Omnivore and Chronicle food critic Brandon Watson slammed The Beer Plant for its many misfires during his first visit, though found some redemption during his return. The Tarrytown spot opened in September heralded as the city’s first vegan gastropub boasting a "100% plant-derived" kitchen and bar (read: botanical cocktails). Local vegan chef Laura "Lou" Mustachio helms the kitchen, which offers familiar pub fare including sandwiches, hearty plates, and bar snacks. It’s also a boon for craft beer aficionados with 30 beers on tap.
Watson had been anticipating his first visit to Beer Plant. Unfortunately, the kitchen delivered a memorable meal for all the wrong reasons:
Not to paint with too much gloss, but my first visit was the worst dining experience I had in 2016 – by leaps and bounds the worst. It was the kind of worst that, for a critic, almost crosses over into damn good time. Much of that had to do with the staff, who were almost acrobatic in their ability to glide over our portion of the bar while tending to clusters of their friends (and at least one on-the-clock server) on either side.”
Watson also pegged the disappointment on the intensely loud and dark space, the overpowering smell of peppermint in the air, and an underwhelming cocktail. The stumbles continued to the menu but were less jarring — from barely cooked carrots to Hops & Chips that didn’t live up to the hype.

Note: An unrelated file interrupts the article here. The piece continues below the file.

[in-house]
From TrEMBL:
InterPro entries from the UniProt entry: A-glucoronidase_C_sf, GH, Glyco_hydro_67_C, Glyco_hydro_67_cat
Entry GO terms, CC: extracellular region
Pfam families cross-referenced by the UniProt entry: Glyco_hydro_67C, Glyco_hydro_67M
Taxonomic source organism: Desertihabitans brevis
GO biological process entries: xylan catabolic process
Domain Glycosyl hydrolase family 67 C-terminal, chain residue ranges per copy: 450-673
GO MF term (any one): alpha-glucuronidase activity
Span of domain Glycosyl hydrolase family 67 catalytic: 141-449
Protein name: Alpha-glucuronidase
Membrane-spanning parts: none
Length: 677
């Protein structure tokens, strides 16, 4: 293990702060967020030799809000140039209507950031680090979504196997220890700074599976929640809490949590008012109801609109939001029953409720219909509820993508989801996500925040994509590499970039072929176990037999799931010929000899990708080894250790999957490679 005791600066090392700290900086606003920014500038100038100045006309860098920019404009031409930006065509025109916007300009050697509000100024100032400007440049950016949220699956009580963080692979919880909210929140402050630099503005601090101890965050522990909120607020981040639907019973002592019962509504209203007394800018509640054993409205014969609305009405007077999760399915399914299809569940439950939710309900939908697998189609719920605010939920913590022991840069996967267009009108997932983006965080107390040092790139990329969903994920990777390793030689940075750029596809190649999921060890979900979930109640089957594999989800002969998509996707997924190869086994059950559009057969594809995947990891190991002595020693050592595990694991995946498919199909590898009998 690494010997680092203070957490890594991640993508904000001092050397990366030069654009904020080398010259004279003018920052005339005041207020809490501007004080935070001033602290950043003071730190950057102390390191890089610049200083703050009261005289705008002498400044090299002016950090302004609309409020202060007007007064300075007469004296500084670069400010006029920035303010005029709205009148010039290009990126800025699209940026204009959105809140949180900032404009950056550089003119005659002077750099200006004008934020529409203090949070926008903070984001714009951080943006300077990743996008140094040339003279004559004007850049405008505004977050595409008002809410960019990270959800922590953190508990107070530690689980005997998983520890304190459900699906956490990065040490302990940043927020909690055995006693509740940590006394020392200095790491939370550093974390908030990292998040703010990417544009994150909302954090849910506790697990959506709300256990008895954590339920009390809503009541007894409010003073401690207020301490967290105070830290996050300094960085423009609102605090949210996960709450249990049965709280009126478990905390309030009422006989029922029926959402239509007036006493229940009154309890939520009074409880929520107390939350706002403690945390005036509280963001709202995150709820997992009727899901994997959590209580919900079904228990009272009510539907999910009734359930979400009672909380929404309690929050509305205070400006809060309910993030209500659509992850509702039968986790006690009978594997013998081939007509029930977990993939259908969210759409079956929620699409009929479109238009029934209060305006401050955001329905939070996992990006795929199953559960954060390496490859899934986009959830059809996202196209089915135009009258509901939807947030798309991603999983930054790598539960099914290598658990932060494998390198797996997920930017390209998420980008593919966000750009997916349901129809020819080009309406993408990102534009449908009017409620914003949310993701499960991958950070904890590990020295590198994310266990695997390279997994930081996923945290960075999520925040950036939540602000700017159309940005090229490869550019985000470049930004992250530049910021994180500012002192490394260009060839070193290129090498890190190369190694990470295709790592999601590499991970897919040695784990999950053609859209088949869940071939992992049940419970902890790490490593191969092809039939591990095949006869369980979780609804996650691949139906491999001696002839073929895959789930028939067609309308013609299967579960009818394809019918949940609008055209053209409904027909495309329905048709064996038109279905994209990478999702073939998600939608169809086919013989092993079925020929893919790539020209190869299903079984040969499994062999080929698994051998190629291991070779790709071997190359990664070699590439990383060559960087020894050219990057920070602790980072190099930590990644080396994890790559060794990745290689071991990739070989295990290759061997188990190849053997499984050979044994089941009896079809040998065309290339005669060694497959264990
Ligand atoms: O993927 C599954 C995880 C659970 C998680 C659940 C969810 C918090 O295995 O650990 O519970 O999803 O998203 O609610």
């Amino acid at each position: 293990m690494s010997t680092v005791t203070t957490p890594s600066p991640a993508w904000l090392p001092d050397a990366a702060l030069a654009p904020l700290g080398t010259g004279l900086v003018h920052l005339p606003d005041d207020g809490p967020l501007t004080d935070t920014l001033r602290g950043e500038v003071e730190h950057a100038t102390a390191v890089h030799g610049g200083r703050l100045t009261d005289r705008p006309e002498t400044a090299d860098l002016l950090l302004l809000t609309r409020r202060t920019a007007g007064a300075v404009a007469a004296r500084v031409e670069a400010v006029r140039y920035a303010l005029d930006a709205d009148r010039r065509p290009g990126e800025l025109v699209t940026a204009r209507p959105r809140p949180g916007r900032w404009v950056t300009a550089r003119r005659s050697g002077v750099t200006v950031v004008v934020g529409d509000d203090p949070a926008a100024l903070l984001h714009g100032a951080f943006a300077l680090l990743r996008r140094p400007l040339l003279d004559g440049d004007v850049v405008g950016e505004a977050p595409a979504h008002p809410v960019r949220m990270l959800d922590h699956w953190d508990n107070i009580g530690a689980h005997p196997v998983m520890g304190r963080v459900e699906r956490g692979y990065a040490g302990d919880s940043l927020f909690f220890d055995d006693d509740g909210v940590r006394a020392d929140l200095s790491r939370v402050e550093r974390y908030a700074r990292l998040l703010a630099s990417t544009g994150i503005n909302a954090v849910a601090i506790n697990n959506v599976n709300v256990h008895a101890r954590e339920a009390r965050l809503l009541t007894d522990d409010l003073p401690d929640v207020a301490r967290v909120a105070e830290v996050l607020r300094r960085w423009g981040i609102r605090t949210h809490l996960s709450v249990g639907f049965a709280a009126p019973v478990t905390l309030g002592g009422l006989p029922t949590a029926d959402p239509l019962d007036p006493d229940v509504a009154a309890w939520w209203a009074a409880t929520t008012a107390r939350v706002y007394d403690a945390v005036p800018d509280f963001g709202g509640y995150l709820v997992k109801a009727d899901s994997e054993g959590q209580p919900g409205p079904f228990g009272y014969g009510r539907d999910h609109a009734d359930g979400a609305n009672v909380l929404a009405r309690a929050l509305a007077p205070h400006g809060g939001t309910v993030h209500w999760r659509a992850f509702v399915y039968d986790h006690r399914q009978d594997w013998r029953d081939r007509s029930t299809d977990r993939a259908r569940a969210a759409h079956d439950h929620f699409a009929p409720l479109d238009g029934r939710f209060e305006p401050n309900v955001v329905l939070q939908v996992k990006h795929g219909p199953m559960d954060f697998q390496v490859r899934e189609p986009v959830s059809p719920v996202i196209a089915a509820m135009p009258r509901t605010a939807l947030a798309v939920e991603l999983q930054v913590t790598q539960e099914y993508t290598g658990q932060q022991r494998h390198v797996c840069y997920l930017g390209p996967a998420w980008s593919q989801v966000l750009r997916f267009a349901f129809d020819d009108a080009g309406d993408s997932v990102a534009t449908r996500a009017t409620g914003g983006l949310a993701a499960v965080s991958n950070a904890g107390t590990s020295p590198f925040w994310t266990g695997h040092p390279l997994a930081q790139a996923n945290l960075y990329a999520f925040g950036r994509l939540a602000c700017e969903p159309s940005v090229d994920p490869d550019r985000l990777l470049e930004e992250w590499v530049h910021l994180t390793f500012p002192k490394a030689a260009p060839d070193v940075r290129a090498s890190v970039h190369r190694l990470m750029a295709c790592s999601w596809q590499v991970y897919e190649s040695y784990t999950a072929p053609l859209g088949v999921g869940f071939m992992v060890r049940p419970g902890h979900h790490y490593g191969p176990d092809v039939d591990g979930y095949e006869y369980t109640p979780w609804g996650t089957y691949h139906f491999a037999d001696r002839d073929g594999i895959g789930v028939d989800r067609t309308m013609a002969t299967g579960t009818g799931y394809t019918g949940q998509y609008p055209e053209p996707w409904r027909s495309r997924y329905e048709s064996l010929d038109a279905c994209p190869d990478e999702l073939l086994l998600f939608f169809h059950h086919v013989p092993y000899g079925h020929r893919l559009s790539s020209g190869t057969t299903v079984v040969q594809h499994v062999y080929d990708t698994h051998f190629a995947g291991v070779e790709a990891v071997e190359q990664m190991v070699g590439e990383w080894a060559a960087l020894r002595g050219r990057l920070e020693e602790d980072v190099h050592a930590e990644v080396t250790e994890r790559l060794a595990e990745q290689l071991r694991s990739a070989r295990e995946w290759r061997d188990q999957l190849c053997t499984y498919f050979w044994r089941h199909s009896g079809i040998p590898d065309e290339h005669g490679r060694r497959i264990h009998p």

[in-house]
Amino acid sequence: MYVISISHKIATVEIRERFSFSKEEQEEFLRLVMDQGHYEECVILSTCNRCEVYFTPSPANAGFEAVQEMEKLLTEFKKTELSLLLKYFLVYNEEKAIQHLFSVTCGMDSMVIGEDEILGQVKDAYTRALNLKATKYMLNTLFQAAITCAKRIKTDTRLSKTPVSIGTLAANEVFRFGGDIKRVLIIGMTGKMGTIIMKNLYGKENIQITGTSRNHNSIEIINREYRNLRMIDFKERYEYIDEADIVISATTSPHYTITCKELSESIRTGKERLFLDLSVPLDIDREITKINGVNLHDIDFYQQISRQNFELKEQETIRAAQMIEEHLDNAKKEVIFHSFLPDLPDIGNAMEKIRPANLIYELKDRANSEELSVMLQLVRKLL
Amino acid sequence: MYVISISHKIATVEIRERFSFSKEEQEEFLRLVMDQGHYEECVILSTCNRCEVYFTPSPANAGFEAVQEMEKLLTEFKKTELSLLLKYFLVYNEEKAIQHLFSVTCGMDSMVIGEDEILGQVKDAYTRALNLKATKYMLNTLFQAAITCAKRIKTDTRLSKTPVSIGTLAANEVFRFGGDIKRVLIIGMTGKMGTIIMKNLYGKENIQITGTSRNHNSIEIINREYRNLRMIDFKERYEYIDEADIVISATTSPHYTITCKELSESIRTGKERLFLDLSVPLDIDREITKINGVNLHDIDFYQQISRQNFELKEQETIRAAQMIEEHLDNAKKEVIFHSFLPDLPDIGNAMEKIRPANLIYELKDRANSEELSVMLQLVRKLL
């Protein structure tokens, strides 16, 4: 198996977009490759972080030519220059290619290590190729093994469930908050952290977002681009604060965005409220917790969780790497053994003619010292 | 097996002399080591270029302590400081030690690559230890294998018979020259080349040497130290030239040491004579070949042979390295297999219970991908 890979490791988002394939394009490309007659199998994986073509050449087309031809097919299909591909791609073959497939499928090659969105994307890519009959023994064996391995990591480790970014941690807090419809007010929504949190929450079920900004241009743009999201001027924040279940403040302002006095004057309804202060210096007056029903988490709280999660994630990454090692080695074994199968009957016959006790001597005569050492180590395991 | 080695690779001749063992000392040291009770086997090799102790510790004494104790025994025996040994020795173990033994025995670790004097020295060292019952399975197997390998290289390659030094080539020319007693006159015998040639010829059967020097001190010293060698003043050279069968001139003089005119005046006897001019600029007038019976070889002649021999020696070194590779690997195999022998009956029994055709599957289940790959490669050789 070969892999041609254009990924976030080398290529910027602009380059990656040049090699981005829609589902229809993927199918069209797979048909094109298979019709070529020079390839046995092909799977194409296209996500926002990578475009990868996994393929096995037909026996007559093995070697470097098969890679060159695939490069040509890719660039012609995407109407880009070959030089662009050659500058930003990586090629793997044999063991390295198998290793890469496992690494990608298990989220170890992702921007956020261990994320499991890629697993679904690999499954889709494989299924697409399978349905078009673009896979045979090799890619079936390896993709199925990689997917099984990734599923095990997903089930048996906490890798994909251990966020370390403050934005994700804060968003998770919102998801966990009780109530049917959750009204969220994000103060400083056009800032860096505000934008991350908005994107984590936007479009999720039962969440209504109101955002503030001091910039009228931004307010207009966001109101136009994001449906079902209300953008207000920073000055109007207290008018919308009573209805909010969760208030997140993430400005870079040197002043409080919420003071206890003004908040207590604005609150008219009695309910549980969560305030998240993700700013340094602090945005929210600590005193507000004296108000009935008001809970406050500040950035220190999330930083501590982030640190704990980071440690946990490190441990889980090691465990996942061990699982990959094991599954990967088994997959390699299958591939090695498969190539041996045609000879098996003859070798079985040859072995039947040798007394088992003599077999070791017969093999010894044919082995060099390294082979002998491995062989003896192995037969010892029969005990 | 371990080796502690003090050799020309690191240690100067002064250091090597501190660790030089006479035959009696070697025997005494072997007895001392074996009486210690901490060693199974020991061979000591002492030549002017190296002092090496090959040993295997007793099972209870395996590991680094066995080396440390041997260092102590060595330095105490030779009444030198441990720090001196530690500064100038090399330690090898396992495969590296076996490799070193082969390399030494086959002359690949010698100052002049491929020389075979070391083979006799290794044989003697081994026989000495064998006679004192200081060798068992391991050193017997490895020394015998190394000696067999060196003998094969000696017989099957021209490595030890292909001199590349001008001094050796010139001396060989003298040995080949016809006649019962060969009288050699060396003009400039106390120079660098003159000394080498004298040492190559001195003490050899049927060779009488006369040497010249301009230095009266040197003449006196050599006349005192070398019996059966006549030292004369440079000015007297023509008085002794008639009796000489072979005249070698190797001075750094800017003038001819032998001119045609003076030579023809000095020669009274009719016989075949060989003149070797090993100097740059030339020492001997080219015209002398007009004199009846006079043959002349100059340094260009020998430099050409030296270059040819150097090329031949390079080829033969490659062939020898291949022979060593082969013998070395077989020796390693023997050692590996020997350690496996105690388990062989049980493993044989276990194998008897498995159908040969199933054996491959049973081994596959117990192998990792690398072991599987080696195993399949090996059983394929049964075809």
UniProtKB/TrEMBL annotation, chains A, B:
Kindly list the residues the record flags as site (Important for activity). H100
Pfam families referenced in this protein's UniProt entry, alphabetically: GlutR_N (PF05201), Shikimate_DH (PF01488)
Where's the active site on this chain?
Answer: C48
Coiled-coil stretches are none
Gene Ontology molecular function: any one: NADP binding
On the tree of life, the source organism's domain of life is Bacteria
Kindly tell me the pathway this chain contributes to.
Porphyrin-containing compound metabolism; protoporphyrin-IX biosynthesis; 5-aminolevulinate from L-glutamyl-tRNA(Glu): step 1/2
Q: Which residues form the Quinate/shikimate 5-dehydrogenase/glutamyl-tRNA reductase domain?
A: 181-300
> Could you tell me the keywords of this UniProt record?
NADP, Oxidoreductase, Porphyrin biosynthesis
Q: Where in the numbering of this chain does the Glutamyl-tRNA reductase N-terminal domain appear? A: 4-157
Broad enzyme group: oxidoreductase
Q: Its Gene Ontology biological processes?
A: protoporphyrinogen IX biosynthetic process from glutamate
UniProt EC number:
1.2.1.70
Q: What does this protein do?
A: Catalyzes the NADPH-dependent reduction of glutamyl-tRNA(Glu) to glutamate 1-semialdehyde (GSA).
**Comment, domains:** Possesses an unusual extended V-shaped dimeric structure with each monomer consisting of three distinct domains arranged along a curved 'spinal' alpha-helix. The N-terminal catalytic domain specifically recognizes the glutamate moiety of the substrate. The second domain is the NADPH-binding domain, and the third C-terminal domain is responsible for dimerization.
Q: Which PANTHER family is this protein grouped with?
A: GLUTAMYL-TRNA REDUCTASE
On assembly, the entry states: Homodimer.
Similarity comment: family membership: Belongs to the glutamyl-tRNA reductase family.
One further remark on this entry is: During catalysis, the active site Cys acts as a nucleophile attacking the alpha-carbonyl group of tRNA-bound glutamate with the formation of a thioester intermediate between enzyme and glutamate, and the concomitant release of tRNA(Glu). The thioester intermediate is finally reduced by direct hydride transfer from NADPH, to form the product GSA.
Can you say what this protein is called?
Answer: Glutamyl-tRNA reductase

Luckily, things improved upon Watson’s second visit — most notably with the food —causing the critic to deduce that the problem from the first visit was not with chef Mustachio's menu, but the execution of it. The Ploughman's Plate featured rustic house sourdough with accompaniments that all earned praise. The buffalo cauliflower wings dish was dubbed an “unqualified success.” Watson also complimented the Reubenesque and winter vegetable pie.
Watson concluded with a warning:
Even the more niche vegan dining scene is becoming crowded, so every meal counts. The packed dining room and contradictory standards right now make the Beer Plant seem to be an employee's paradise. Once the novelty wears off, they will need to focus more fully on the customers.
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